Why Breakfast Really is the Most Important Meal of the Day

In modern society, we often hear the saying, “breakfast is the most important meal of the day.” But in dozens of countries around the world, lunch holds a place of cultural importance. In many studies, researchers have found that lunch may be even more important for school-aged children than any other demographic. Most schools don’t provide breakfast; therefore, lunch is the only meal that students have to give them energy throughout the day.

The Benefits

Eating lunch raises your blood sugar level in the middle of the day, which gives you the energy you need for the rest of the day. It also enables you to focus and concentrate for the rest of the afternoon. According to Live Strong, if you’re feeling sluggish, eating even a small lunch can renew your energy and help you feel refreshed and ready to take on the next several hours. For kids, lunch is crucial because this is when they get their nutrients and vitamins for the day. A balanced lunch can improve three channels: physical development, cognition, and behavior. Without these, it is nearly impossible for a student to develop mentally or physically. Many well-designed studies, such as one from the University of California, Berkeley, have shown that “students at schools that contract with a healthy school lunch vendor score higher” on statewide achievement tests.

lunch time.jpg

Lunch Breaks

Everything throughout a school day is fast paced, and students rarely have a chance to relax. A lunch break is essential for a successful day. According to a psychologist at UC, Davis, “Staying inside, in the same location, is really detrimental to creative thinking.” Innovation happens when people change their environment. Therefore, moving locations, even if it’s just to another room in the same building, is crucial to keep your mind active throughout the day.

In addition to taking a lunch break, eating a full meal on your break will lead you to having a smaller dinner. Eating late at night can lead to digestive and weight problems. In contrast, eating a full meal earlier in the day can help you maintain a healthier weight. If you are unable to get a full meal in, then try to eat something that is high in protein, such as yogurt or nuts. Also, it is important that when you do eat your lunch, you try to eat at a slow pace. According to a Harvard Mental Health article, this will prevent you from experiencing bloating, acid reflux, and indigestion. When you eat slower, you feel full faster, and you’ll eat less.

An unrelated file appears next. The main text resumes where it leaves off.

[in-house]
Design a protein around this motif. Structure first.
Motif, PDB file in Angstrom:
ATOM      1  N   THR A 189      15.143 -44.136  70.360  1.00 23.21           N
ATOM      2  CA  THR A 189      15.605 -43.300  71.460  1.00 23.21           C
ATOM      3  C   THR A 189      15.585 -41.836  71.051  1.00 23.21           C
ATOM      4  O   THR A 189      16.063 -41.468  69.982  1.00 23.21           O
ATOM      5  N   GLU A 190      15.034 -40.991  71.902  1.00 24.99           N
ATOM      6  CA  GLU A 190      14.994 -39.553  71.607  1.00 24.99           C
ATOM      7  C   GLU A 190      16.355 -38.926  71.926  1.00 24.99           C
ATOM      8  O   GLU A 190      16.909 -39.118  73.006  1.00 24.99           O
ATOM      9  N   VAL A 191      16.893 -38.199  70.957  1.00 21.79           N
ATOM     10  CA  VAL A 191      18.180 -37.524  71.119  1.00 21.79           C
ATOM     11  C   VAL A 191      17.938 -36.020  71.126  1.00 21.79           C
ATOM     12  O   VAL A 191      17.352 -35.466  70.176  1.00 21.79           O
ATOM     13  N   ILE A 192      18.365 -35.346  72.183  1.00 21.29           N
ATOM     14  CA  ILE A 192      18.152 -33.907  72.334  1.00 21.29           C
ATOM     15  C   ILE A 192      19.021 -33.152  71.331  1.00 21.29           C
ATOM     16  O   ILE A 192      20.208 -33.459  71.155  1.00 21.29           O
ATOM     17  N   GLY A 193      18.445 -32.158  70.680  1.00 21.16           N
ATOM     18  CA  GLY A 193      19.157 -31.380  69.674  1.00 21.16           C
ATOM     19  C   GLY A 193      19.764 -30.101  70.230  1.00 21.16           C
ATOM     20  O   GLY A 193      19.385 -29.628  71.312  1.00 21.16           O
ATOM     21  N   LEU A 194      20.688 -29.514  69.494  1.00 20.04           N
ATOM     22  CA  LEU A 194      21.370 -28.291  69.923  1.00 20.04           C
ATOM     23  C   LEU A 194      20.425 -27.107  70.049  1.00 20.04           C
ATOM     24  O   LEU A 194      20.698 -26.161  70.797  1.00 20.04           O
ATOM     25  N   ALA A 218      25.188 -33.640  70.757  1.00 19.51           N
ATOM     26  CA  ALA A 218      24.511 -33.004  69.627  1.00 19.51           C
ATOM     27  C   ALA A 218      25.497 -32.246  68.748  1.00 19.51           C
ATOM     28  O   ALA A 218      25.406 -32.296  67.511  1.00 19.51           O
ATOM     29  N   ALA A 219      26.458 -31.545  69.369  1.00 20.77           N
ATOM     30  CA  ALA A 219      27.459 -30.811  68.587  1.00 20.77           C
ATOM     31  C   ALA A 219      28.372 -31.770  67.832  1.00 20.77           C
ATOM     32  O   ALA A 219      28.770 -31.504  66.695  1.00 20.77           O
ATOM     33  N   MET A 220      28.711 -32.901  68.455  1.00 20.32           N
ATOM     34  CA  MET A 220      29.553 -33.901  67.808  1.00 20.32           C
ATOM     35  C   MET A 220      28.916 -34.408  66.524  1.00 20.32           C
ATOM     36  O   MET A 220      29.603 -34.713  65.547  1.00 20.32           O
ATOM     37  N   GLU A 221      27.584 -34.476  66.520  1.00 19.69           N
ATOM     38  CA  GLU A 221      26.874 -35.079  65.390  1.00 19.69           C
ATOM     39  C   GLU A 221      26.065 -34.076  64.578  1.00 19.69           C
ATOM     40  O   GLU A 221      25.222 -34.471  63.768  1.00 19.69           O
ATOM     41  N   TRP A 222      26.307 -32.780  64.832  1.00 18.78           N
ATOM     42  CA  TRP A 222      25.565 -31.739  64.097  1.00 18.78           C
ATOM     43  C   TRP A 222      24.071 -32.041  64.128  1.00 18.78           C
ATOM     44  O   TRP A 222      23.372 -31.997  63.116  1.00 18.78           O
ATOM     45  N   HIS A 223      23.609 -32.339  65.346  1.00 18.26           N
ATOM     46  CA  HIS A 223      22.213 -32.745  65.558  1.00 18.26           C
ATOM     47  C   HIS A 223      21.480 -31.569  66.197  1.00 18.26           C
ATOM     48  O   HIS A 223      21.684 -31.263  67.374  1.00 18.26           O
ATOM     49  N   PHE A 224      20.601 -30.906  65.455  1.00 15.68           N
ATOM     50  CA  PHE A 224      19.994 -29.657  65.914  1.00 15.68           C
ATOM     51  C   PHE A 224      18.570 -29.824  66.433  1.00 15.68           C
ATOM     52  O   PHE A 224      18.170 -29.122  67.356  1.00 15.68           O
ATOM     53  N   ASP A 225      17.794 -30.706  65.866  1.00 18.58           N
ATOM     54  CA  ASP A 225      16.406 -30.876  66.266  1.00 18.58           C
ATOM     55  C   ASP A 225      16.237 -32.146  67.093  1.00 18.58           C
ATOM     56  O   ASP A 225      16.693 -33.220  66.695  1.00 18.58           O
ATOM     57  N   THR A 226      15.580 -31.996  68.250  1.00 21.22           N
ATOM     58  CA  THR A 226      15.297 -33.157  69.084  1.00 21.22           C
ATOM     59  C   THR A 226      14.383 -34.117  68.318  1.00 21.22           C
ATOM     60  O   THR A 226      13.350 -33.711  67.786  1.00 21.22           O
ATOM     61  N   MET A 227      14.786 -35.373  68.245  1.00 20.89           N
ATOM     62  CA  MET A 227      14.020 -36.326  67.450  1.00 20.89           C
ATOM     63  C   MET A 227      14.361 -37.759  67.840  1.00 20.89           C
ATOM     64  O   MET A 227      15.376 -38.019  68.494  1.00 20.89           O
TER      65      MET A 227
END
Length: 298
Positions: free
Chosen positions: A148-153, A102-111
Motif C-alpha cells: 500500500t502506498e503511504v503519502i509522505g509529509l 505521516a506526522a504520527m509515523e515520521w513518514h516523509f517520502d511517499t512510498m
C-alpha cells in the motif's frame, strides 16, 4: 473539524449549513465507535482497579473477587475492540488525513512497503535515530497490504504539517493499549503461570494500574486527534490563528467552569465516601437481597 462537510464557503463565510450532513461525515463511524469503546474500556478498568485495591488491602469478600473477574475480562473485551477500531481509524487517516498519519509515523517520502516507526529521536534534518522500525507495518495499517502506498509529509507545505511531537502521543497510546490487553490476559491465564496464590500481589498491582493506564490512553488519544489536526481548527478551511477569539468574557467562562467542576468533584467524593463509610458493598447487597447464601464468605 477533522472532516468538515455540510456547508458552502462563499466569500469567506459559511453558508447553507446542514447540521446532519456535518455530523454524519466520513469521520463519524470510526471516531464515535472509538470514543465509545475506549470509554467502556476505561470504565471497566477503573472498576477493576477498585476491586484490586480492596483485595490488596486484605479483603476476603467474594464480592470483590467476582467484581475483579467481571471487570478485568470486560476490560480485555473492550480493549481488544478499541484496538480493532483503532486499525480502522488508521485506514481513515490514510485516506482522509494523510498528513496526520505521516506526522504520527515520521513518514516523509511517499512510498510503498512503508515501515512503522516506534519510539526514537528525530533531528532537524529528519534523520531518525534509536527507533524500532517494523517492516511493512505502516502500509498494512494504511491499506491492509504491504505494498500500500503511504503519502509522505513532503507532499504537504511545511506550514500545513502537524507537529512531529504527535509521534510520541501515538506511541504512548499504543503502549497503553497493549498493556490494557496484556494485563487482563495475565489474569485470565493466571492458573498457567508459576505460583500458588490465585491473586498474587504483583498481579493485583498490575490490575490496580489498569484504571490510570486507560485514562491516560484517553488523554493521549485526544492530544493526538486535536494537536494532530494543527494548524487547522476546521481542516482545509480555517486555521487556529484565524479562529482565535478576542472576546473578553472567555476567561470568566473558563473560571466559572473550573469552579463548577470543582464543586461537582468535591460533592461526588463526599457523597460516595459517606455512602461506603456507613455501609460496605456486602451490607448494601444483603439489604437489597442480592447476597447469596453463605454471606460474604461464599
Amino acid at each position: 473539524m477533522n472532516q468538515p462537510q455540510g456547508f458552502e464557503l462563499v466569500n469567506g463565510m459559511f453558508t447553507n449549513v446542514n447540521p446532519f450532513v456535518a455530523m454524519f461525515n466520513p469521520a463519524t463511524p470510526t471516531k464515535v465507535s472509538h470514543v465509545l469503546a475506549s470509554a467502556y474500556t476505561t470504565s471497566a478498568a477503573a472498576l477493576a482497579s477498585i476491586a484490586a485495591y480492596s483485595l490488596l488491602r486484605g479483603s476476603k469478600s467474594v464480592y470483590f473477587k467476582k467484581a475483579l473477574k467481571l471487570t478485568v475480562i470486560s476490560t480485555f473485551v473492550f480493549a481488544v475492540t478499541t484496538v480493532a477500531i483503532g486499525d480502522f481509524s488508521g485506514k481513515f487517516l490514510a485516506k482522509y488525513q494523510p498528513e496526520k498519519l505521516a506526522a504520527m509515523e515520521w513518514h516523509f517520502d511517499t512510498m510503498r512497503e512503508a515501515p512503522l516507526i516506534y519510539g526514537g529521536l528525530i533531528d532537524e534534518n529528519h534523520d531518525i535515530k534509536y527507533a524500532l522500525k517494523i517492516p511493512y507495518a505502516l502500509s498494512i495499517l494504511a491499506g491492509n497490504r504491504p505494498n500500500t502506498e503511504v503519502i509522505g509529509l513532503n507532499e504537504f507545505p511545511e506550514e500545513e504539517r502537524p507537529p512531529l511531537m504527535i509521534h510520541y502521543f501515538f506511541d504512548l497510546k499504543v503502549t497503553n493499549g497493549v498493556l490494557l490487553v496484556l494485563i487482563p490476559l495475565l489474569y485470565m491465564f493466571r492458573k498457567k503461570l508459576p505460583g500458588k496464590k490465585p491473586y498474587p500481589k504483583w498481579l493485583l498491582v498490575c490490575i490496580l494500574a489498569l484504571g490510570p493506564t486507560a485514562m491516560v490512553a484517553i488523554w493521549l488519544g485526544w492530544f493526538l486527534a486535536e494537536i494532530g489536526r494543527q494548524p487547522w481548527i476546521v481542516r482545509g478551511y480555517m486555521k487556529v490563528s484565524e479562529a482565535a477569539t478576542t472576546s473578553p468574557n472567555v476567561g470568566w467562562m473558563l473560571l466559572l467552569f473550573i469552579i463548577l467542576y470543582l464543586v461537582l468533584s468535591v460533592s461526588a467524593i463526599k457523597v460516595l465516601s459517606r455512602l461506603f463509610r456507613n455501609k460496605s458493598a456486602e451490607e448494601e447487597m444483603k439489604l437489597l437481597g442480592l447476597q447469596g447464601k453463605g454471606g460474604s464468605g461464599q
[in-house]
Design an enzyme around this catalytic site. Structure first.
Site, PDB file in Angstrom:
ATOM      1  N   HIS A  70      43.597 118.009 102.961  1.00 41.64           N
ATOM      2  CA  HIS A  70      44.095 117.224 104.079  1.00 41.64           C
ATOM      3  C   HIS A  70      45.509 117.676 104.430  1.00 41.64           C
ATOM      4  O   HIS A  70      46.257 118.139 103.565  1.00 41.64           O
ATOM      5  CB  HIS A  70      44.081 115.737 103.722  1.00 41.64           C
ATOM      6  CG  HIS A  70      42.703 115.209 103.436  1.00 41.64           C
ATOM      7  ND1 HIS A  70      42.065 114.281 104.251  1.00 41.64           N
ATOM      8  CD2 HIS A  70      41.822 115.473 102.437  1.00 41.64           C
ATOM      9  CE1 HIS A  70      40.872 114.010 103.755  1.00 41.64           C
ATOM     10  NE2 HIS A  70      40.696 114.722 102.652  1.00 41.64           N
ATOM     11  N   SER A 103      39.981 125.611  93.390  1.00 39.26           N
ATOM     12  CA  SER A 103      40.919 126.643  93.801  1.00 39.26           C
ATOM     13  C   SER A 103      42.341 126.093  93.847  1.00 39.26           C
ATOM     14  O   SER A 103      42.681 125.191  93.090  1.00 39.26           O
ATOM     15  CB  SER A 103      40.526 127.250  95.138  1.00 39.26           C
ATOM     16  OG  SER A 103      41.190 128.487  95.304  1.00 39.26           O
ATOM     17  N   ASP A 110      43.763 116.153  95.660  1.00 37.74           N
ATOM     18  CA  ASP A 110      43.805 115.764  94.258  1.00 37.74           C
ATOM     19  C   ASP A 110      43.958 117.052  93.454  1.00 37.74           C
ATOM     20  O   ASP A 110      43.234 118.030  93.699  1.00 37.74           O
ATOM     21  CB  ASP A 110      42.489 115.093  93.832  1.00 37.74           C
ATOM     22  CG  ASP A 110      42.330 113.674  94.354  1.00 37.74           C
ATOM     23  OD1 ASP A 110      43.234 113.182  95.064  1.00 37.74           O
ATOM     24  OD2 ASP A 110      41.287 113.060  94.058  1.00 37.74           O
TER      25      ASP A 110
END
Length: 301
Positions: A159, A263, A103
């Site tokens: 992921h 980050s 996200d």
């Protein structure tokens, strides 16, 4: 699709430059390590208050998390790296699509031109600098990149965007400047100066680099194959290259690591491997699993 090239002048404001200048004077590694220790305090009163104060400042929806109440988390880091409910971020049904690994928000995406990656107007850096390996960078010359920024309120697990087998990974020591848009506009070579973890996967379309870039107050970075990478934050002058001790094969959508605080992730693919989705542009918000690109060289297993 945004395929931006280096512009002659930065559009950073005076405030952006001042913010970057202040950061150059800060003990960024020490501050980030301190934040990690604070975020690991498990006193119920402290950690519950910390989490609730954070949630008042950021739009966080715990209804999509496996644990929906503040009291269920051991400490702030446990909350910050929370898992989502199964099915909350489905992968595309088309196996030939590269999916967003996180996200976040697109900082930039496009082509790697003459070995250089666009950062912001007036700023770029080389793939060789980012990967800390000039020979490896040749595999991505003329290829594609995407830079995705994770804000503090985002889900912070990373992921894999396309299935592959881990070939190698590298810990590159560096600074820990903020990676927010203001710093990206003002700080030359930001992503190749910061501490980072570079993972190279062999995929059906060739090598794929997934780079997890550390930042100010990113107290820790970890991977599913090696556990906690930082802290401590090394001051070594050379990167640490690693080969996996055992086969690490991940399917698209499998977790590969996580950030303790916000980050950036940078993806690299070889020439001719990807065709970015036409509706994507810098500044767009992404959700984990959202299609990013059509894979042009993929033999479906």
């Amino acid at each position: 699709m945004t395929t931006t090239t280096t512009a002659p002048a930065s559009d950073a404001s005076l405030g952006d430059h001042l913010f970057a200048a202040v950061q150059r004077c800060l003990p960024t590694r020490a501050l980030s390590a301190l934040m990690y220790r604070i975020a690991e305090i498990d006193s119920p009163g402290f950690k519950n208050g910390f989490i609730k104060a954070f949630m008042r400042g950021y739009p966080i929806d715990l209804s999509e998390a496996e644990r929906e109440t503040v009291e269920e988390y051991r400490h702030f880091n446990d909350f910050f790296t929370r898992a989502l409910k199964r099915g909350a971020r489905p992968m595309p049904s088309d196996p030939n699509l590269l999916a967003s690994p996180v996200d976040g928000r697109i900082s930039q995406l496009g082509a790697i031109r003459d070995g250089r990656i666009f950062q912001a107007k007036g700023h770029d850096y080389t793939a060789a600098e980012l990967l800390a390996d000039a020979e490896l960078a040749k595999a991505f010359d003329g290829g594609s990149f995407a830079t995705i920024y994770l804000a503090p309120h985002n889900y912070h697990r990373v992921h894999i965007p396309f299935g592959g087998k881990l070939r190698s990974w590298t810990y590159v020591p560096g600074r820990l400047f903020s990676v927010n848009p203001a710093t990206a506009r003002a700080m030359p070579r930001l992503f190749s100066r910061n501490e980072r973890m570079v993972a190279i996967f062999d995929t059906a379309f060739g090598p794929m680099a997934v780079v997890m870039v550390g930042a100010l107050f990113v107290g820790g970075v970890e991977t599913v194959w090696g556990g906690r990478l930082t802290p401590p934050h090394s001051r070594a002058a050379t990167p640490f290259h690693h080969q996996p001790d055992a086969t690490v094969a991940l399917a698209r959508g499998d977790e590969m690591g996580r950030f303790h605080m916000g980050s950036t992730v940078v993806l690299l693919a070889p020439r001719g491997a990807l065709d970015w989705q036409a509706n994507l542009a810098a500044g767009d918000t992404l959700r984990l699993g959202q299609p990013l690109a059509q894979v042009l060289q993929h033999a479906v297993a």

Besides the feeling you get when you eat a tasty meal, eating lunch has so many benefits that will help you out on a daily basis, and impact your mind/body for a healthier future.

Making Family Meals Happen (Even When Schedules Are Busy)

 CC by 2.0  Nick Lee

CC by 2.0 Nick Lee

Today’s families are busy, busy, busy. Between full-time work, school and extracurricular activities for the kids, volunteer opportunities, errands, and everything else on your plate, it can be difficult to get the whole family sitting around the dinner table each evening. While this was once the norm in American families, simple logistics have made a traditional family dinner less frequent than it once was. If you’re sick of eating on the fly and missing this time of unwinding with your family over the evening, here are some tips on getting everyone together for family dinner more often.